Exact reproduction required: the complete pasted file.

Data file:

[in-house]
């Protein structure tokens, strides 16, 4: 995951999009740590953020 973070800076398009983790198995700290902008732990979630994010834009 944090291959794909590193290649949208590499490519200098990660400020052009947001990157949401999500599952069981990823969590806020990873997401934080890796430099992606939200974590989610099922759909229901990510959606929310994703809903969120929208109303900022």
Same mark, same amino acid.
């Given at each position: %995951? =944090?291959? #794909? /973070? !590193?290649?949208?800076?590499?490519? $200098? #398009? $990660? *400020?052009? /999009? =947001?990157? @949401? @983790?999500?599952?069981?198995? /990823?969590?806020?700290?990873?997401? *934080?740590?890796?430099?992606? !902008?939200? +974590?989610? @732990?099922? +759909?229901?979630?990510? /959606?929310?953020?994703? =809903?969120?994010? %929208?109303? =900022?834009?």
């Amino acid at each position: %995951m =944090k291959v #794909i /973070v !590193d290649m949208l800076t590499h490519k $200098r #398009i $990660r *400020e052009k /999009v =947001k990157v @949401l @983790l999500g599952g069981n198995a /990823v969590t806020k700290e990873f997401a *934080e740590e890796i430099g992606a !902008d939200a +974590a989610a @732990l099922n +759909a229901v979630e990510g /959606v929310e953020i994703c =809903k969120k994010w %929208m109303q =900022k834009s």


[in-house]
């Protein structure tokens, strides 16, 4: 995951999009740590953020 973070800076398009983790198995700290902008732990979630994010834009 944090291959794909590193290649949208590499490519200098990660400020052009947001990157949401999500599952069981990823969590806020990873997401934080890796430099992606939200974590989610099922759909229901990510959606929310994703809903969120929208109303900022």
Same mark, same amino acid.
């Given at each position: %995951? =944090?291959? #794909? /973070? !590193?290649?949208?800076?590499?490519? $200098? #398009? $990660? *400020?052009? /999009? =947001?990157? @949401? @983790?999500?599952?069981?198995? /990823?969590?806020?700290?990873?997401? *934080?740590?890796?430099?992606? !902008?939200? +974590?989610? @732990?099922? +759909?229901?979630?990510? /959606?929310?953020?994703? =809903?969120?994010? %929208?109303? =900022?834009?």
């Amino acid at each position: %995951m =944090k291959v #794909i /973070v !590193d290649m949208l800076t590499h490519k $200098r #398009i $990660r *400020e052009k /999009v =947001k990157v @949401l @983790l999500g599952g069981n198995a /990823v969590t806020k700290e990873f997401a *934080e740590e890796i430099g992606a !902008d939200a +974590a989610a @732990l099922n +759909a229901v979630e990510g /959606v929310e953020i994703c =809903k969120k994010w %929208m109303q =900022k834009s």